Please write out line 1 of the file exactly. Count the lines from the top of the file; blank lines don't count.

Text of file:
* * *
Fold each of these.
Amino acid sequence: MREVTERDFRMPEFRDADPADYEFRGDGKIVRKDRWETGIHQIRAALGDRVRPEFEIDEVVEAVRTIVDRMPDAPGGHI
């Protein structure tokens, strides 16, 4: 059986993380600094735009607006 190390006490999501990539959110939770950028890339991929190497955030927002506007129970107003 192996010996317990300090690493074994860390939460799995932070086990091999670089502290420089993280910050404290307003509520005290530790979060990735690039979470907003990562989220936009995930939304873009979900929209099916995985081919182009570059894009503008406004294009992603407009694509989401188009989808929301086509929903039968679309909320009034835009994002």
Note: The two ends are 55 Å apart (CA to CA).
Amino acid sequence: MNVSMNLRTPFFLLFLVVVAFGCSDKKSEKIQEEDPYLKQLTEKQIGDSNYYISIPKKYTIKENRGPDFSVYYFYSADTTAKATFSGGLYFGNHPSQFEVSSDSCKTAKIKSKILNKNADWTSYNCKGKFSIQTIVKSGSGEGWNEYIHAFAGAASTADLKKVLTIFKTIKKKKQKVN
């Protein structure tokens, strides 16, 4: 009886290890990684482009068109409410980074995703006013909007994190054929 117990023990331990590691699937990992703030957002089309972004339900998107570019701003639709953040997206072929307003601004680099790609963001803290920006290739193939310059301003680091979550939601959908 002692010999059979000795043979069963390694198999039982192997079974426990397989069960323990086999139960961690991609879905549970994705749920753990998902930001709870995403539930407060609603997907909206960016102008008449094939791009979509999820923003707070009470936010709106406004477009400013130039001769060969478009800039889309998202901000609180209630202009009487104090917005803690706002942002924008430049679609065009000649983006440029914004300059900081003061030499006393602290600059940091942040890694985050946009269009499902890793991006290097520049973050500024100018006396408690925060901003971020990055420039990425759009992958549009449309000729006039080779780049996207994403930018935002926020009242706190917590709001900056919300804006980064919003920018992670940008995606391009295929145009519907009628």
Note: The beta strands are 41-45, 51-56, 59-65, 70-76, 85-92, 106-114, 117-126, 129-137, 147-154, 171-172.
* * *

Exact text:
Fold each of these.